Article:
Los Angeles (CNN) -- During the California housing boom a few years ago, mortgage broker Ernie Casillas was living the American dream.
The 48-year-old father of one earned a solid middle-class income and built a diversified retirement portfolio.
Then the housing market collapsed in 2008, and Casillas soon found himself on the brink of financial ruin.
He lost his job, his home and eventually his marriage. He is one of more than 2 million Californians without work.
Casillas has tried to broaden his employment prospects by reinventing himself. He returned to school to train in information technology.
He soon discovered that in the fiercely competitive world of IT, few high-tech companies were willing to take a chance on an entry-level technician.
Casillas then tried his hand at jewelry making and discovered he was pretty good at it. He sells his wares at a local farmer's market and swap meet, but it's hardly a living.
He also volunteers at a local YMCA as a youth counselor in hopes of landing a permanent job -- but so far, no offers.
Desperate for work, Casillas eventually posted his resume on Craigslist.
"It took a lot for me to put that ad on Craigslist, because I had to change what I was before," he said. "I wasn't this rich little yuppie anymore, driving expensive cars, having expensive suits. I'm in this just like everybody else looking for work. It humbles you."
As one of more than 14 million Americans who are are out of work and three years into his job hunt, Casillas says he's willing to try anything to turn his luck around.
Enter Eli Davidson, a self-described "reinvention expert," who says she can coach Casillas into a job within 30 days.
"Ernie, if you do what I say and do your homework, I guarantee you -- you will find a great job," Davidson tells him in the dining room of the south Los Angeles home that Casillas shares with his mother.
Davidson -- a motivational speaker and author of "Funky to Fabulous," which is billed as "surefire success strategies for the savvy, sassy, and swamped" -- preaches personal empowerment.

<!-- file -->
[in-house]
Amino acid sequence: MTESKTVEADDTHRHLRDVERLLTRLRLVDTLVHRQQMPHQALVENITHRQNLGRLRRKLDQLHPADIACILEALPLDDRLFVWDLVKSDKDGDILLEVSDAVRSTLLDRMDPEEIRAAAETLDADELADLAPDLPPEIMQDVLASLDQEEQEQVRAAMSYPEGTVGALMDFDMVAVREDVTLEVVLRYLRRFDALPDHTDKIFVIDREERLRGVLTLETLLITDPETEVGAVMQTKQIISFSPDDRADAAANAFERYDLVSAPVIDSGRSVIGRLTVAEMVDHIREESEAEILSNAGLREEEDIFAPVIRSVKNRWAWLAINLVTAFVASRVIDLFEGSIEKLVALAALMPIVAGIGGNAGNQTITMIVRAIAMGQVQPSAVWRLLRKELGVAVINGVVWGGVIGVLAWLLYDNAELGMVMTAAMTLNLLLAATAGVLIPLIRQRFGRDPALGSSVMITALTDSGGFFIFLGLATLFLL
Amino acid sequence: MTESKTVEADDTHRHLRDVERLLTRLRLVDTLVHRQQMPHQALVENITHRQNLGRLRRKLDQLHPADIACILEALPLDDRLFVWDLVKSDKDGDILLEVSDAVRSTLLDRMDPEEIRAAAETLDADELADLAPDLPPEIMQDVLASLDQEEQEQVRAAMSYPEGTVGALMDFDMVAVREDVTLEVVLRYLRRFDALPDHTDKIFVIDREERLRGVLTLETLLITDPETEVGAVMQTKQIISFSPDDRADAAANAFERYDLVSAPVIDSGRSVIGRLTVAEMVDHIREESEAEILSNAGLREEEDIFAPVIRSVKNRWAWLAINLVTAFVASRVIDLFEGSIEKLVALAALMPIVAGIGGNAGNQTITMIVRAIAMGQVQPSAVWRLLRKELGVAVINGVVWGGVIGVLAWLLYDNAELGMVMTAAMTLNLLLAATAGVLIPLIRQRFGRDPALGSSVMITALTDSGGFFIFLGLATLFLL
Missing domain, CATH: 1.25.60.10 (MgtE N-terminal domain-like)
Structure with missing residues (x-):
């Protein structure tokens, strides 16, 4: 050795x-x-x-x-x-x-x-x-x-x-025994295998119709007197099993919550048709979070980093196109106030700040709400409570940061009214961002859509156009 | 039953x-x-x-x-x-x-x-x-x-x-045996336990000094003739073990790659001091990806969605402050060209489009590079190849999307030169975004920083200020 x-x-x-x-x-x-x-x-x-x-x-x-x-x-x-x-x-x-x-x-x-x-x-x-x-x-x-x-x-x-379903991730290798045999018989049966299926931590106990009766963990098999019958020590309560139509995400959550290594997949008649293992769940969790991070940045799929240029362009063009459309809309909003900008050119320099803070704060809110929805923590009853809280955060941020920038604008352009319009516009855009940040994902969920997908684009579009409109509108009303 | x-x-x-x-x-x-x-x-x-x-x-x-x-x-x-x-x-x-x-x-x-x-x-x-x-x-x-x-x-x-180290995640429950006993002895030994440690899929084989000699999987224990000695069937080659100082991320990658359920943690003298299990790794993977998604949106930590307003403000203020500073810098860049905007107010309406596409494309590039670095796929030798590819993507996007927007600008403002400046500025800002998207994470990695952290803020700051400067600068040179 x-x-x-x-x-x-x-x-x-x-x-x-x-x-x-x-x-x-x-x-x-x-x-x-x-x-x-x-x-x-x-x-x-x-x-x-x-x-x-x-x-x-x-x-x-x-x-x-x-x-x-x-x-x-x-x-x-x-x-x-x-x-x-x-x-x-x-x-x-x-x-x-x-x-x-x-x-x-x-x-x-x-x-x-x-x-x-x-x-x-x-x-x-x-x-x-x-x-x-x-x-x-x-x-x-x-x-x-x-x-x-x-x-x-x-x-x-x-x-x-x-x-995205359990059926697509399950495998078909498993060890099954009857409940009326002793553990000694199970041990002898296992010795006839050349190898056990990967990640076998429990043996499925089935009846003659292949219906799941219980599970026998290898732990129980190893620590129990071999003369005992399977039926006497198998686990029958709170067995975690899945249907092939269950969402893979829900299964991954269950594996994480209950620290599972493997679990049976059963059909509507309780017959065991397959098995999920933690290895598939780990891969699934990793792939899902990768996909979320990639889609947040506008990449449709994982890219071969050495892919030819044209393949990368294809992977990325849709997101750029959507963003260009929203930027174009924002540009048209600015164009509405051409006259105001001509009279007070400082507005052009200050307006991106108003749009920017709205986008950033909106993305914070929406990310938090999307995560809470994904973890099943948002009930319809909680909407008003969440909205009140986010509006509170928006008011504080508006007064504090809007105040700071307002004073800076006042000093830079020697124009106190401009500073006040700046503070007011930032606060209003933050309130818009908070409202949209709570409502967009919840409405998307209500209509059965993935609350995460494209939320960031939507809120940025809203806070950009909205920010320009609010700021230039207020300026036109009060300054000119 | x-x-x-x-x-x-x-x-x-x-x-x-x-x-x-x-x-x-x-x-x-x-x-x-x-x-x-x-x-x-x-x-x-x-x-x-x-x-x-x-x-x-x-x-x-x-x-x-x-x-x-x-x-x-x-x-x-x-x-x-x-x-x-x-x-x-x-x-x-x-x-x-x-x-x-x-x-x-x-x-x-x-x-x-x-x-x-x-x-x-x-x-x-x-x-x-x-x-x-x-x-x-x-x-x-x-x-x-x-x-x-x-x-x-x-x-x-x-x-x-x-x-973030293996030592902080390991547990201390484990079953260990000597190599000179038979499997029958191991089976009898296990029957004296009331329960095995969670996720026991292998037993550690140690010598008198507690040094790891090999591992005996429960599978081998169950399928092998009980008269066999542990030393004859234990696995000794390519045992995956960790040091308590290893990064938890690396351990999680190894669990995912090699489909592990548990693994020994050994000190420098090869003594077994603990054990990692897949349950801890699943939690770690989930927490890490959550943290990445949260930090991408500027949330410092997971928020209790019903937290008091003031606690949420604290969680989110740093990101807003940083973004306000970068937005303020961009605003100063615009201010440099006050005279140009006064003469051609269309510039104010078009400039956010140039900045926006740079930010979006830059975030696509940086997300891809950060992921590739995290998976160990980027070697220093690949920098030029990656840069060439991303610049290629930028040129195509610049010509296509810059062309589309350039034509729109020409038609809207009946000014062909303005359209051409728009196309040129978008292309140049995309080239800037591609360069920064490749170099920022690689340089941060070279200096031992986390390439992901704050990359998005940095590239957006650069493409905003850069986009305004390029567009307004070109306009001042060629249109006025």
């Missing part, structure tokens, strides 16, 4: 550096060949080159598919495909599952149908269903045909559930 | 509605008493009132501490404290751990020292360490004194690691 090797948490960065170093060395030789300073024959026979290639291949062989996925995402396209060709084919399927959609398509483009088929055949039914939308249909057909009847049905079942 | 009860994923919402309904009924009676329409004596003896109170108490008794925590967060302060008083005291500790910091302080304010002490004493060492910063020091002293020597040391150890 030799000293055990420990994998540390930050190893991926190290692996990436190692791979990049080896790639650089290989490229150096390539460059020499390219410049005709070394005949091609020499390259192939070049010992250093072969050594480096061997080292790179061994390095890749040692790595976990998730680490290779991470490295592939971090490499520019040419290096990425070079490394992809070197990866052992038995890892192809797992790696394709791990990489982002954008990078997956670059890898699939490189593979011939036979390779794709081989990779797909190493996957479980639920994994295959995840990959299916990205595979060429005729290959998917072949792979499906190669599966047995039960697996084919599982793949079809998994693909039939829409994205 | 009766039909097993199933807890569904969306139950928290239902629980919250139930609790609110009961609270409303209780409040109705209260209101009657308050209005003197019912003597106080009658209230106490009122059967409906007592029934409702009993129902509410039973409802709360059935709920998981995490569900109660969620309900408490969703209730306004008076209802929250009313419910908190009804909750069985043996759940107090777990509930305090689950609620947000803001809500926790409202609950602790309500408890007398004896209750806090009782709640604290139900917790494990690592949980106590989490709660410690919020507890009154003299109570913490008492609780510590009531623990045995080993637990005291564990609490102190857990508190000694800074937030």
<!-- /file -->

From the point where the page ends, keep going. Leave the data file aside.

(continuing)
She now runs a successful life coaching business designed to teach others how to turn their lives around.
After overcoming her own hardships -- a failed business and marriage -- Davidson says she reinvented herself out of necessity.
She usually charges $1,000 and up for a series of group sessions, but she agreed to work with Casillas for no charge because of his dire financial situation.
Step one: Personal transformation
When people have been out of work for as long as Casillas, they need to overhaul their self-perception, according to Davidson.
Casillas breaks down, thinking of the past three years.
"Even personal friends at work, high school friends have shut the doors," he says, his voice cracking through tears. "They think because I don't have a job, I'm going to ask for money. ... It's not that. I just need support."
Davidson tells him she will teach him "to spot the green" -- the opportunities around him -- instead of focusing on mental roadblocks that may have held him down.
"The first step for Ernie is he's going to get some inner tools by getting inspired and ignore what the outer world is telling him like, 'You can't, it's impossible, no way, it's never going to work,' " Davidson says during a motivational session.
For the next month, she tells Casillas, "You're going on a diet of all the naysayers in your life -- all those people who make you feel bad you didn't get a job."
Glancing over at his mother, Casillas jokes, "I'm not having any barbecues with my family. No more barbecues!"
Step two: Networking
Networking is a crucial tool that job seekers tend to overlook, according to Davidson. More than 80% of people who are finding employment were successful because of their networking skills, she says.
Davidson then asks Casillas, "Are you actively looking for a job on LinkedIn?"
"No, because most of the people there are engineers, (or have) bachelor's degrees, MBAs," he responds. "Here comes a guy who has 20 years of banking experience who's going into tech support; I didn't think I would measure up."
Wrong response, Davidson says.
"Did you see where Ernie's perceptive filter kept him from seeing the No. 1 way this man is going to get a job?" she asks.
" 'I'm looking for an opportunity' is the phrase he is going to need to use."
Davidson instructs Casillas to build a strong online profile and to start networking on sites such as LinkedIn and Twitter.
She tells him to make five professional connections a day.
Step three: The resume
Even though Casillas says he has sent out piles of paper resumes, Davidson says that's "like playing an 8-track."
She tells Casillas to "think out of the box" and distinguish himself. She suggests offering a prospective employer a solution to a problem he has identified, or blogging about an employer for whom he'd like to work.
Until Casillas finds someone willing to give him an opportunity, his only source of income is an unemployment check.
He says he worries the money will soon run out unless Congress approves an extension of benefits. Despite the competition for jobs and high unemployment across most of the country, Davidson says she is optimistic about Casillas' job prospects. "I know you will find a job," she tells him.
And we'll be checking back with Casillas to see where he's at in a month.
CNN's Traci Tamura and Gregg Canes contributed to this report.